Q&A For Digital Photography
This column will attempt to provide solutions to problems readers may have in getting into and using digital cameras, scanning, and using digital photographic images with a computer and different kinds of software. All questions sent to me will be answered with the most appropriate information I can access and provide. However, not all questions and answers will appear in the column. Readers can send questions to me addressed to Shutterbug magazine, through the Shutterbug web site, directly via e-mail to: Fotografx@csi.com or by US Mail to: PO Box 2830, Lompoc, CA 93438.
Q. Not knowing of
anyone with more knowledge than you on the subject, I would most appreciate
your advice on what I would need in going from the conventional darkroom
production of color (Ilfochrome) and black and white prints to digital.
I would be starting with conventional 35mm slides (mostly Kodachromes)
and negatives. My basic criterion is that the resulting prints must
be at least as good as can be produced in the darkroom.
are asking for a tall order with an awesome responsibility attached.
But after spending the better part of the last week looking at all of
the newest digital photography hardware and software available, I feel
as prepared for the challenge as I ever should be.
Q. I recently bought
an Olympus D-400Z and stumbled onto one of digital photography's
dirty little secrets. I photographed a lovely little violet flower and
it came out blue. I did some investigating at local photo stores with
a purple piece of paper and most of them did the same. The Agfa did
better than the rest, but Kodak and Casio showed blue, the same as mine.
Nowhere on the web have I seen mention of this, even on the sites that
show comparison pictures. No salesperson mentioned it, not that I expected
them to, until I mentioned it. Then they all agreed that digital had
a problem. So what's the problem, why won't most digital
cameras do violet? Thanks.
I'm sorry I have to disappoint you in your "discovery,"
but the phenomenon you are describing is also shared by film. I ran
into this almost 40 years ago photographing flowers for LA Home magazine,
and taking pictures of California Lupin, which is a violet colored flower.
What I found, with the aid of a horticulturist, is that flowers in the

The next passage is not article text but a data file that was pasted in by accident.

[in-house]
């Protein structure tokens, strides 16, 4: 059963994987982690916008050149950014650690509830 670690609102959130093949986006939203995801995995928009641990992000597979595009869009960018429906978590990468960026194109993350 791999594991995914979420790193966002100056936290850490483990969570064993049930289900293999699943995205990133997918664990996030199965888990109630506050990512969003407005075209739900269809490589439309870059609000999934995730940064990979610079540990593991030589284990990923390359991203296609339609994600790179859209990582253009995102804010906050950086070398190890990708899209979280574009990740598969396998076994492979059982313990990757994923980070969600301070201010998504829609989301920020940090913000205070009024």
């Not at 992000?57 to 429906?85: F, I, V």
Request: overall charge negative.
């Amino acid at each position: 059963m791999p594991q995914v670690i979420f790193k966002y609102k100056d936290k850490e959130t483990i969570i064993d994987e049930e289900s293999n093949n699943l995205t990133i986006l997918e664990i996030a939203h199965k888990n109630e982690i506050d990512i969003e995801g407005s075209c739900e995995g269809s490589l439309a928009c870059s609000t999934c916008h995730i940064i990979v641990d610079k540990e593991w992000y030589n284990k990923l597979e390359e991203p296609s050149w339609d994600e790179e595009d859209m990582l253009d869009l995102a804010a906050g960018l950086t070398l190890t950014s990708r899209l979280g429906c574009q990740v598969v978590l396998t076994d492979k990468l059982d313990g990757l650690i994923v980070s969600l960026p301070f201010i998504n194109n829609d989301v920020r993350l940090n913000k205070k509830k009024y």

blue to violet color range have components in them which behave a little
like fluoro-brighteners that are put into some fabrics, and to a more
obvious extent into Day-Glo paints and inks. When illuminated by sunlight
they generate a kind of light frequency modulation sending out more
than just a simple reflection of the light illuminating them. Normal
human sight is sensitive to these effects, but film and CCD sensors
with UV cutoff limits apparently come into play, lessening sensitivity
to capturing the perceived color. In addition, compared to fluorescent
brightened fabrics and Day-Glo inks and paints, photographic reproduction
materials, including computer monitors and digital printer media, do
not have the ability to replicate that enhanced floral effect.
Q. I desperately
want a quality 35mm negative scanner that can do five or six frame negative
strips to the computer in one load. Even multiple strips would be nice.
are correct, both models of the Nikon CoolScan, as well as the Minolta
Dimâge utilize a film strip holder in their 35mm scanners. In
addition, this feature is common to nearly all 35mm film scanners also
including Microtek, Canon CanoScan 2700, all Polaroid SprintScan models
including the new 4000 which also features batch mounted slide scanning,
as well as the new S-20 model of the HP PhotoSmart just announced. Each
of these models varies one from another in their software support of
batch scanning, however. And without a more detailed understanding of
what your requirements and expectations are for batch processing it
is difficult to say which is the best choice.